Outside the brain, CART is found in enteric neurons, in the vagal nerves, in pituitary endocrine cells, in adrenomedullary cells and in antral gastrin-producing G-cells [20, 21]. CART is directly released into the hypothalamic–pituitary portal circuit and exerts multiple effects on the pituitary function [22]. Adrenals importantly contribute to circulating CART since adrenalectomy causes a 70% reduction in blood CART levels in the rat [14]. CART may also control bone resorption since Cartpt -/- mice show signs of osteoporosis [13].

CART and pancreatic islets

CART has been shown to affect the function of the islets of various species. In this issue of Diabetologia, Abels et al [7] explored the possible role of CART in human and mouse islets in healthy conditions and in diabetes. In mice, rats and humans, CART is expressed in islet endocrine cells and in parasympathetic and sensory fibres innervating the islets [20, 21, 23]. The distribution of CART in islet cells is highly variable between species (Fig. 2). In the normal state, CART is expressed in rats in a subpopulation of delta- and beta cells [7, 21, 24, 25]. In mice, it is also found in a subpopulation of beta cells but it is barely detected in delta cells. In humans, CART (identified as CART 55–102 by western-blot) is consistently expressed in beta- and alpha cells, contrary to what was found in mice and rats [7]. The expression pattern is altered by diabetes and CART expression is strongly upregulated in the beta cells of several animal models of type 2 diabetes, i.e. in dexamethasone-treated rats, Goto–Kakizaki (GK) rats, Zucker diabetic fatty (ZDF) rats, ob/ob mice, high fat diet fed mice and dominant-negative HNF1α mice [7, 21, 24]. However, CART remains undetectable in alpha cells of diabetic rodent models [7]. In humans, diabetes increases CART expression in both alpha- and beta cells (Fig. 2).
Fig. 2

Distribution of CART immunoreactivity in islet cells of various species at the adult stage in normal (non-diabetic) conditions or in conditions of type 2 diabetes. Beta-, alpha- and delta cells are represented in the islet drawing as black, green and blue cell outlines, respectively. The level of CART expression is illustrated by the intensity of the red colour used to fill the cell. +, expressed; ++, strongly expressed; NT, not tested; †, personal communication (from N. Wierup, Lund University Diabetes Centre, Sweden)

Interestingly, CART expression is very variable between beta cells. Even in diabetic conditions, the percentage of CART-positive beta cells does not exceed 60%. The reasons for this heterogeneity are unknown but this situation is reminiscent of the variability of placental lactogen-induced serotonin immunoreactivity in individual beta cells [26, 27], and of the variability in glucose responsiveness of individual beta cells [28, 29]. Heterogeneity of proliferation, gene expression and the function of beta cells between islets as a result of differential blood flow has also been documented in the rat [30]. It is possible that glycaemia is a direct regulator of CART expression since experiments on dexamethasone-treated rats (as a model of type 2 diabetes) have shown that correction of hyperglycaemia using insulin normalised the upregulation of CART expression [7]. A role for CART in islet growth or islet cell differentiation is also possible since its expression is increased in some rodent islet cells during development [21].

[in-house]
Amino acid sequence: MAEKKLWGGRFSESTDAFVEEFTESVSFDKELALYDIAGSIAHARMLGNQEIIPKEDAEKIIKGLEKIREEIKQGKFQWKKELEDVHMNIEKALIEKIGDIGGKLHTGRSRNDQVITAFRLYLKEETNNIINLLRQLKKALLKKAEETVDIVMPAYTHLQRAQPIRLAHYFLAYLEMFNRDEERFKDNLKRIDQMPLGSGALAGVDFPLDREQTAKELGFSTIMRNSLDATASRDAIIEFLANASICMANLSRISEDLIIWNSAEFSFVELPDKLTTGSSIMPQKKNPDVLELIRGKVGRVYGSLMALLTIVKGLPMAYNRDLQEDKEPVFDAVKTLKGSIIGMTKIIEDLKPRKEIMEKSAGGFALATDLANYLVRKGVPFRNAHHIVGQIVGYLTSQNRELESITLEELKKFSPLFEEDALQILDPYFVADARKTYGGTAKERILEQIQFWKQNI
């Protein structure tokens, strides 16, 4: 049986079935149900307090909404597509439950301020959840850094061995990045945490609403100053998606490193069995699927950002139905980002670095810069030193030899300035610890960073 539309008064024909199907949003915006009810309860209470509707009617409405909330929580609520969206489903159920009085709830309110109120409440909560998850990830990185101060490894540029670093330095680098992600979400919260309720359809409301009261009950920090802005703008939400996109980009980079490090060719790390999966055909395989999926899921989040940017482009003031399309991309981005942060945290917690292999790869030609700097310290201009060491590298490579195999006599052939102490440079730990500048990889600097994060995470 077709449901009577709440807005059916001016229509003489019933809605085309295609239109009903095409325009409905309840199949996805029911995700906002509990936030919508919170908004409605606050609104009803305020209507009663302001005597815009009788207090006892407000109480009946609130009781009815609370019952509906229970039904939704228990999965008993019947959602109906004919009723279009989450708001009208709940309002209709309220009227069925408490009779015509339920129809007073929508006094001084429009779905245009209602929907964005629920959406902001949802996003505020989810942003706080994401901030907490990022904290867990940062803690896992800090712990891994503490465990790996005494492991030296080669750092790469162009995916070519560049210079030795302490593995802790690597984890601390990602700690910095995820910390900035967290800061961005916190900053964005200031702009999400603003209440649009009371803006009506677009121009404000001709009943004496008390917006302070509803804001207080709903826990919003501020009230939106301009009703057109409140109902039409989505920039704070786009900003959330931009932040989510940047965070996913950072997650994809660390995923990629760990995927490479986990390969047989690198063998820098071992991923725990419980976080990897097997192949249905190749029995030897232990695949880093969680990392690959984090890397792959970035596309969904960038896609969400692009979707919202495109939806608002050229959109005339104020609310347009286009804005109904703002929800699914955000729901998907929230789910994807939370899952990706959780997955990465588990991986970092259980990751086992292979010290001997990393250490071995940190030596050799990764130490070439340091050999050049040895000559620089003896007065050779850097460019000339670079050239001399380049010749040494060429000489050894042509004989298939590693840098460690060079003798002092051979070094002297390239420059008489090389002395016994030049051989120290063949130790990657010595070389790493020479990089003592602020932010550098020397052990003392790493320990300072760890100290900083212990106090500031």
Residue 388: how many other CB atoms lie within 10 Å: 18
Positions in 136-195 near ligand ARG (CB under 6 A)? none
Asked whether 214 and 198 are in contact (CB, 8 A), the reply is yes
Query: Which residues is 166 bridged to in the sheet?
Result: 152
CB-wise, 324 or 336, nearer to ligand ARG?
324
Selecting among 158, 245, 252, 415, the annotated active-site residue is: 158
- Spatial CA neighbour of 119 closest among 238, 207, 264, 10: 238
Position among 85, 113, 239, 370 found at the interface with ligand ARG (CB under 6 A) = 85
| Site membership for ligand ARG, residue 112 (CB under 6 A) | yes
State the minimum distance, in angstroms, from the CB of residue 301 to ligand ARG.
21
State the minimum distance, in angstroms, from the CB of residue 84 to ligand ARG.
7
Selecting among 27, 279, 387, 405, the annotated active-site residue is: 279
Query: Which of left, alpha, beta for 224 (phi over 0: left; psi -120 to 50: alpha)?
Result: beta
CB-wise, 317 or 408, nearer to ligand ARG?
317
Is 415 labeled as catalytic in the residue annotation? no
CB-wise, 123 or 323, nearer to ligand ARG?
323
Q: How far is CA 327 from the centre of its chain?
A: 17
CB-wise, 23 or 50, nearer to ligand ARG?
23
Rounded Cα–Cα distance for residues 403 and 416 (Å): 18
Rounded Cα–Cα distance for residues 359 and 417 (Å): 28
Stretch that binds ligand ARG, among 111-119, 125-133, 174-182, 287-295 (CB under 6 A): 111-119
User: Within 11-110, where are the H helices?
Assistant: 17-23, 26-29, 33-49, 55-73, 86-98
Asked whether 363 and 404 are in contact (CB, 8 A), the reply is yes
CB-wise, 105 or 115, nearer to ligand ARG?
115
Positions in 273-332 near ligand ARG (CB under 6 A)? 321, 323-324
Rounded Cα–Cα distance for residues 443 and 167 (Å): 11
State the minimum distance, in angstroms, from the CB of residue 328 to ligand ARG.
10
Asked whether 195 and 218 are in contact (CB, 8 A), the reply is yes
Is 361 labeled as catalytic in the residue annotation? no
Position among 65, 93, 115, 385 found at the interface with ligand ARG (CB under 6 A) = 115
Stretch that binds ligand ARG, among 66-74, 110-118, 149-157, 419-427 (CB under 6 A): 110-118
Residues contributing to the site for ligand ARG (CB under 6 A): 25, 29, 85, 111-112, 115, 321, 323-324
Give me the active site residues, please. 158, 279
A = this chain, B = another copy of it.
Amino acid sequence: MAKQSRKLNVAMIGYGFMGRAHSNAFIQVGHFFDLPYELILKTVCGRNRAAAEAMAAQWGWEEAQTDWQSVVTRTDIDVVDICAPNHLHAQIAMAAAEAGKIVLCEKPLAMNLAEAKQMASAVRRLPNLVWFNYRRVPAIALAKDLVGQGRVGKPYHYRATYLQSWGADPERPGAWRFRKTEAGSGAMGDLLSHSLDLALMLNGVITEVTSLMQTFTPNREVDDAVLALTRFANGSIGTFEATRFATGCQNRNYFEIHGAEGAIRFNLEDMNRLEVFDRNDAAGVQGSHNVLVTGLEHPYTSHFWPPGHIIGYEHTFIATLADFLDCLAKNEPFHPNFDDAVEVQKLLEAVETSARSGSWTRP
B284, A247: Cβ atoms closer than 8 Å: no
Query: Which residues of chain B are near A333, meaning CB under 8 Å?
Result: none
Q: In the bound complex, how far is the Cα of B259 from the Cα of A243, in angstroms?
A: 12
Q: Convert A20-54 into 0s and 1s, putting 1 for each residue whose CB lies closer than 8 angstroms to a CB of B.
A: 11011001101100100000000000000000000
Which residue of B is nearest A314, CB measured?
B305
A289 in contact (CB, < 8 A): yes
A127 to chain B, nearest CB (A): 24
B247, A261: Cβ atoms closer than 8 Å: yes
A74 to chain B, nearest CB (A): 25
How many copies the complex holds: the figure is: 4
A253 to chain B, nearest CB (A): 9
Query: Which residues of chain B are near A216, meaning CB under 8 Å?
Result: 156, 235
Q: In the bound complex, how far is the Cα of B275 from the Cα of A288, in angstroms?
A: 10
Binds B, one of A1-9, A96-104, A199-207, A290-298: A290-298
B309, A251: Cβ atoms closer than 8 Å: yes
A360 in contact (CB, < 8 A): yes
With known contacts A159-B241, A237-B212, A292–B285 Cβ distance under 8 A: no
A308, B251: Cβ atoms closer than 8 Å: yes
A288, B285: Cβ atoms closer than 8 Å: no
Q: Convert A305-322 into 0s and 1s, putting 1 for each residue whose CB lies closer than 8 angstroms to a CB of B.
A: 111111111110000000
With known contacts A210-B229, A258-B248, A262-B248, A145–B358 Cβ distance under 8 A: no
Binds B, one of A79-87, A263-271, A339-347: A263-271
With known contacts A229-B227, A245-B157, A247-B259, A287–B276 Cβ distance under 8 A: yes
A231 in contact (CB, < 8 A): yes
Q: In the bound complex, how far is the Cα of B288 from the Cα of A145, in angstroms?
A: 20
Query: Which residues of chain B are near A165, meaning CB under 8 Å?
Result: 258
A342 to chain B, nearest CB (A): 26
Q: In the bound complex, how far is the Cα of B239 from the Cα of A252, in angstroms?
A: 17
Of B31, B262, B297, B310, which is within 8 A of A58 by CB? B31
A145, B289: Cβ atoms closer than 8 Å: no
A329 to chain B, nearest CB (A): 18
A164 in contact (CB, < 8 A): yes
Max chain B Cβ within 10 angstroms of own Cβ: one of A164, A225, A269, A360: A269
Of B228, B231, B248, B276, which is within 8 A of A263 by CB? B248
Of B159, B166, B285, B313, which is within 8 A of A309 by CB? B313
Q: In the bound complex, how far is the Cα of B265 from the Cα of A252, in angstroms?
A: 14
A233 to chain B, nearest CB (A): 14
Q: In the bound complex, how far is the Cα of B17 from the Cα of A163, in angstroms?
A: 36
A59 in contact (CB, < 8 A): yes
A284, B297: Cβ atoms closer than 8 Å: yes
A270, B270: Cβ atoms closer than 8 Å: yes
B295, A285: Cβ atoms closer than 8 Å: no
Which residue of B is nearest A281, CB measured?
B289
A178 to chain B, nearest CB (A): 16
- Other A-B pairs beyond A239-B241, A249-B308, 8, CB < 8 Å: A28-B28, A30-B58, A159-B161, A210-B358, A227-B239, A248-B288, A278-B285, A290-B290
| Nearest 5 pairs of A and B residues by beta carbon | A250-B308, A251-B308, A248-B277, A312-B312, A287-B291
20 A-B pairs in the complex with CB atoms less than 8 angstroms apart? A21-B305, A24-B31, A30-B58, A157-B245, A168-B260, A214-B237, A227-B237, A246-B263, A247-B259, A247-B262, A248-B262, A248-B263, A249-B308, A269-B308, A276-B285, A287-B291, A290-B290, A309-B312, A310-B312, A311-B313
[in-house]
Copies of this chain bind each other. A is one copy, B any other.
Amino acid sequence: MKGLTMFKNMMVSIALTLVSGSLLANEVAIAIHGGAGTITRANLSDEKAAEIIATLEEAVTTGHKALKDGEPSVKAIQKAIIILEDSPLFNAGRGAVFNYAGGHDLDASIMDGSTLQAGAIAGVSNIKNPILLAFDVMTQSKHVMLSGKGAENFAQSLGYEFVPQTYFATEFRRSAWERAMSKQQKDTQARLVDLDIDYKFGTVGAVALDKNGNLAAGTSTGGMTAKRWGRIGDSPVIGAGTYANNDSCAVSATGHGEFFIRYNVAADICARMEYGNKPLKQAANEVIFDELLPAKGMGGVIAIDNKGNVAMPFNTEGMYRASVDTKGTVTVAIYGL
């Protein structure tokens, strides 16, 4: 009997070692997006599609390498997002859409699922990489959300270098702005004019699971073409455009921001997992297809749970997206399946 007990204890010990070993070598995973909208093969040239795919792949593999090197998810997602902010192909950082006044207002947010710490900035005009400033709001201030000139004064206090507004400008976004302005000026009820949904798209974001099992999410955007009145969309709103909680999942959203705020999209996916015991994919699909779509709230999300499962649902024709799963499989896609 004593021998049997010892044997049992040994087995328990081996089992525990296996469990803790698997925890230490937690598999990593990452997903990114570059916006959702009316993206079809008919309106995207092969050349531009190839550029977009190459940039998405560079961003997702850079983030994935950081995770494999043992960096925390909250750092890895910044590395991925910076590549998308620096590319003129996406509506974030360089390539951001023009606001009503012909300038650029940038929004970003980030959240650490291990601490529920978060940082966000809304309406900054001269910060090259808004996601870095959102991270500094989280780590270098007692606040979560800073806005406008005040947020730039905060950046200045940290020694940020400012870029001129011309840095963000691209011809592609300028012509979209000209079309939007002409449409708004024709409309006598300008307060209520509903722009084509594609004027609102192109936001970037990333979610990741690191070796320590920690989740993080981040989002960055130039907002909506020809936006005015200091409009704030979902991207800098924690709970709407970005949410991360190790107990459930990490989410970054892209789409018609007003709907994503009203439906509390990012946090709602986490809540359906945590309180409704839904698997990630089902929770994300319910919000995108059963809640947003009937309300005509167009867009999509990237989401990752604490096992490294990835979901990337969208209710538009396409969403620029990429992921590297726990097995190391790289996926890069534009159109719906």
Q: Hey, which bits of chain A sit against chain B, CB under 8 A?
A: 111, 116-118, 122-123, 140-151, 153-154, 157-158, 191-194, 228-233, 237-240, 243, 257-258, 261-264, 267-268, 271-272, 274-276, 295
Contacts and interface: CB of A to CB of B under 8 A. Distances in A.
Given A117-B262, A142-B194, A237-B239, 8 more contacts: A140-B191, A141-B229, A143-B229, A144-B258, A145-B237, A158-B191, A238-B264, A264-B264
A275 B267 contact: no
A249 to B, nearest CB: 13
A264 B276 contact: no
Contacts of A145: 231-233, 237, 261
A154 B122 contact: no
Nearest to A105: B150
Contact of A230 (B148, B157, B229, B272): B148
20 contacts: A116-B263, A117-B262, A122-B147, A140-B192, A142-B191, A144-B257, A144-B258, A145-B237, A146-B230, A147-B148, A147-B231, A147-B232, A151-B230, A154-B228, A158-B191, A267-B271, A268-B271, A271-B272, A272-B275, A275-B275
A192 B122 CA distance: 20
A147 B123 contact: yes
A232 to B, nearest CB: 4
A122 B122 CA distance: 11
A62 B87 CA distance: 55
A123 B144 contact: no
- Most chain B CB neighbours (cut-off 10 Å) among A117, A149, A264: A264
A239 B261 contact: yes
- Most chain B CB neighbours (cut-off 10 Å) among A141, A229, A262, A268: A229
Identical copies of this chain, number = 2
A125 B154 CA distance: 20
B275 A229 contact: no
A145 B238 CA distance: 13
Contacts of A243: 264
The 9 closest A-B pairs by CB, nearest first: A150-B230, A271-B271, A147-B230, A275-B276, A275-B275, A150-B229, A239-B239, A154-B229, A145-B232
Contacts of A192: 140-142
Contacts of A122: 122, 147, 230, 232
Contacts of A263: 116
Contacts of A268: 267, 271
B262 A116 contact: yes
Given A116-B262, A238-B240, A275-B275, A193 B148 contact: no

Several groups have tested the effect of CART on the secretion of islet hormones (Table 1). In the rat, CART exerts variable effects on insulin secretion depending on the study, being inhibitory, stimulatory or lacking any effect [21, 24, 31]. However, it has been found that CART stimulates insulin release from mouse and human islets [7]. This acute effect of CART is associated with an increase in the frequency of glucose-induced oscillations in free cytosolic Ca2+ concentration ([Ca2+]c) and a better synchronisation of [Ca2+]c oscillations between islet subregions. Moreover, a 24 h-exposure of mouse islet cells to CART (to mimic type 2 diabetes) has been found to stimulate insulin release. Interestingly, in the presence of GLP-1 or cyclic AMP-producing agents, CART 55–102 consistently amplifies insulin secretion from rodent islets in a protein kinase A (PKA)-dependent manner [7, 21, 24]. CART 55–102 also protects beta cells against glucotoxicity and promotes survival and induces proliferation of beta cells [17]. In addition, it inhibits glucagon secretion of human and mouse islets at low glucose [7], and modestly inhibits somatostatin secretion from rat islets [17, 24].